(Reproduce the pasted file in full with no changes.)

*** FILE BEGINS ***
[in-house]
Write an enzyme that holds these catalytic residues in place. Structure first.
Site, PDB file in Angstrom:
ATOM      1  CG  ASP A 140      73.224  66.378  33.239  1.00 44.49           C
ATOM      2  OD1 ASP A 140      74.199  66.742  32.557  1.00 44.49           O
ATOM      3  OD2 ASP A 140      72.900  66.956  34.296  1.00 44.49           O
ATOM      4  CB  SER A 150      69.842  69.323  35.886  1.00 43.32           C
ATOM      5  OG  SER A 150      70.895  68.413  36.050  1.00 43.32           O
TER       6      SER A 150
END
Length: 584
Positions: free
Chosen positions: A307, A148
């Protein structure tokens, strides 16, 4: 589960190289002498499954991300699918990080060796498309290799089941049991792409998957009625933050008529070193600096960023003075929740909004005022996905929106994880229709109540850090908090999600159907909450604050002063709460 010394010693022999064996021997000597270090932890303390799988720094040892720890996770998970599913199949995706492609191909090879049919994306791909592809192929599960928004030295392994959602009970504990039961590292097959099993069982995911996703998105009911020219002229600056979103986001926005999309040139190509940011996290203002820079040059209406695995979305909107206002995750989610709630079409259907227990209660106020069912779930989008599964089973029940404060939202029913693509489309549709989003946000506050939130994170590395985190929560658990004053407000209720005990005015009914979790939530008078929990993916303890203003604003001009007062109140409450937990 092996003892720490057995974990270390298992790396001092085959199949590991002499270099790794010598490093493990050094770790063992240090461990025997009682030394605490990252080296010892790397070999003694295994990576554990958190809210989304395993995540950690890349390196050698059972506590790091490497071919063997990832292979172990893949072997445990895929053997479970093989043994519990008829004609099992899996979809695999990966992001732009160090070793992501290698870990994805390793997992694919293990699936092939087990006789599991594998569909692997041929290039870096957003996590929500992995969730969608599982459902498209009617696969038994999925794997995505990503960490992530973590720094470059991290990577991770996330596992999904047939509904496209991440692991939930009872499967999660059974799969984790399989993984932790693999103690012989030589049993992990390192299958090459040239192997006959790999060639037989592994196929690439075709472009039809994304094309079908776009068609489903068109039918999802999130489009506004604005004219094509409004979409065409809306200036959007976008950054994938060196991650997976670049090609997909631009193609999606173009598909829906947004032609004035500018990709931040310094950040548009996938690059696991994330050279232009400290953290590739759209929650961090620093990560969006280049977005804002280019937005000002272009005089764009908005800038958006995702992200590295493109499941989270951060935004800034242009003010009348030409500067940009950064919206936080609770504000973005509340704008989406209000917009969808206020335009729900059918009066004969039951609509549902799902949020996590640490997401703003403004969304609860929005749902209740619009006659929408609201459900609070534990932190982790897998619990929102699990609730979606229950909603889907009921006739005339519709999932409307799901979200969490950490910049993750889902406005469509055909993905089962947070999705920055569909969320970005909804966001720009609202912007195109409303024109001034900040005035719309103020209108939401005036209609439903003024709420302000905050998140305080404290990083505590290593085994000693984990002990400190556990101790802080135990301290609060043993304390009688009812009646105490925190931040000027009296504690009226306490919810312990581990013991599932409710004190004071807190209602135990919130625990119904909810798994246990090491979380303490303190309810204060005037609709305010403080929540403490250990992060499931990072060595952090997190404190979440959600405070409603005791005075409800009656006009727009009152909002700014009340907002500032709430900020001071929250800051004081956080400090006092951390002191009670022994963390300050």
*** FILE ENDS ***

[in-house]
Write an enzyme that holds these catalytic residues in place. Structure first.
Site, PDB file in Angstrom:
ATOM      1  CG  ASP A 140      73.224  66.378  33.239  1.00 44.49           C
ATOM      2  OD1 ASP A 140      74.199  66.742  32.557  1.00 44.49           O
ATOM      3  OD2 ASP A 140      72.900  66.956  34.296  1.00 44.49           O
ATOM      4  CB  SER A 150      69.842  69.323  35.886  1.00 43.32           C
ATOM      5  OG  SER A 150      70.895  68.413  36.050  1.00 43.32           O
TER       6      SER A 150
END
Length: 584
Positions: free
Chosen positions: A307, A148
């Protein structure tokens, strides 16, 4: 589960190289002498499954991300699918990080060796498309290799089941049991792409998957009625933050008529070193600096960023003075929740909004005022996905929106994880229709109540850090908090999600159907909450604050002063709460 010394010693022999064996021997000597270090932890303390799988720094040892720890996770998970599913199949995706492609191909090879049919994306791909592809192929599960928004030295392994959602009970504990039961590292097959099993069982995911996703998105009911020219002229600056979103986001926005999309040139190509940011996290203002820079040059209406695995979305909107206002995750989610709630079409259907227990209660106020069912779930989008599964089973029940404060939202029913693509489309549709989003946000506050939130994170590395985190929560658990004053407000209720005990005015009914979790939530008078929990993916303890203003604003001009007062109140409450937990 092996003892720490057995974990270390298992790396001092085959199949590991002499270099790794010598490093493990050094770790063992240090461990025997009682030394605490990252080296010892790397070999003694295994990576554990958190809210989304395993995540950690890349390196050698059972506590790091490497071919063997990832292979172990893949072997445990895929053997479970093989043994519990008829004609099992899996979809695999990966992001732009160090070793992501290698870990994805390793997992694919293990699936092939087990006789599991594998569909692997041929290039870096957003996590929500992995969730969608599982459902498209009617696969038994999925794997995505990503960490992530973590720094470059991290990577991770996330596992999904047939509904496209991440692991939930009872499967999660059974799969984790399989993984932790693999103690012989030589049993992990390192299958090459040239192997006959790999060639037989592994196929690439075709472009039809994304094309079908776009068609489903068109039918999802999130489009506004604005004219094509409004979409065409809306200036959007976008950054994938060196991650997976670049090609997909631009193609999606173009598909829906947004032609004035500018990709931040310094950040548009996938690059696991994330050279232009400290953290590739759209929650961090620093990560969006280049977005804002280019937005000002272009005089764009908005800038958006995702992200590295493109499941989270951060935004800034242009003010009348030409500067940009950064919206936080609770504000973005509340704008989406209000917009969808206020335009729900059918009066004969039951609509549902799902949020996590640490997401703003403004969304609860929005749902209740619009006659929408609201459900609070534990932190982790897998619990929102699990609730979606229950909603889907009921006739005339519709999932409307799901979200969490950490910049993750889902406005469509055909993905089962947070999705920055569909969320970005909804966001720009609202912007195109409303024109001034900040005035719309103020209108939401005036209609439903003024709420302000905050998140305080404290990083505590290593085994000693984990002990400190556990101790802080135990301290609060043993304390009688009812009646105490925190931040000027009296504690009226306490919810312990581990013991599932409710004190004071807190209602135990919130625990119904909810798994246990090491979380303490303190309810204060005037609709305010403080929540403490250990992060499931990072060595952090997190404190979440959600405070409603005791005075409800009656006009727009009152909002700014009340907002500032709430900020001071929250800051004081956080400090006092951390002191009670022994963390300050």